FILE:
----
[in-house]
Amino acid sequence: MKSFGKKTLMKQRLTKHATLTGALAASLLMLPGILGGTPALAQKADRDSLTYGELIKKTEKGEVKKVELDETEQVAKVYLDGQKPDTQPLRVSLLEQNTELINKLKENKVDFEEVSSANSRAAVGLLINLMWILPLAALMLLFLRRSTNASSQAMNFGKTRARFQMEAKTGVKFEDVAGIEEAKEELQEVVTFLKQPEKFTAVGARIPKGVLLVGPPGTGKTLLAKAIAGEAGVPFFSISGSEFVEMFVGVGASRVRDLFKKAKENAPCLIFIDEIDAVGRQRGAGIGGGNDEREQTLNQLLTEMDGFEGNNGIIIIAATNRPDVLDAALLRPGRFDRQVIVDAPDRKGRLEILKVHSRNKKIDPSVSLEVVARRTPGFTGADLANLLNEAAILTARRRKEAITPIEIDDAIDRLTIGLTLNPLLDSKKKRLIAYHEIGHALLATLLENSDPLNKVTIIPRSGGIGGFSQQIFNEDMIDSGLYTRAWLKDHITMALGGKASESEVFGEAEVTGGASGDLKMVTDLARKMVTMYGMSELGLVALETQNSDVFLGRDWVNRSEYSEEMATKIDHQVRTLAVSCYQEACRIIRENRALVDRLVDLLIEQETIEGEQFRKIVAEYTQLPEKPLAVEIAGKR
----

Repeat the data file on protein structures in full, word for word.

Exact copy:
[in-house]
Amino acid sequence: MKSFGKKTLMKQRLTKHATLTGALAASLLMLPGILGGTPALAQKADRDSLTYGELIKKTEKGEVKKVELDETEQVAKVYLDGQKPDTQPLRVSLLEQNTELINKLKENKVDFEEVSSANSRAAVGLLINLMWILPLAALMLLFLRRSTNASSQAMNFGKTRARFQMEAKTGVKFEDVAGIEEAKEELQEVVTFLKQPEKFTAVGARIPKGVLLVGPPGTGKTLLAKAIAGEAGVPFFSISGSEFVEMFVGVGASRVRDLFKKAKENAPCLIFIDEIDAVGRQRGAGIGGGNDEREQTLNQLLTEMDGFEGNNGIIIIAATNRPDVLDAALLRPGRFDRQVIVDAPDRKGRLEILKVHSRNKKIDPSVSLEVVARRTPGFTGADLANLLNEAAILTARRRKEAITPIEIDDAIDRLTIGLTLNPLLDSKKKRLIAYHEIGHALLATLLENSDPLNKVTIIPRSGGIGGFSQQIFNEDMIDSGLYTRAWLKDHITMALGGKASESEVFGEAEVTGGASGDLKMVTDLARKMVTMYGMSELGLVALETQNSDVFLGRDWVNRSEYSEEMATKIDHQVRTLAVSCYQEACRIIRENRALVDRLVDLLIEQETIEGEQFRKIVAEYTQLPEKPLAVEIAGKR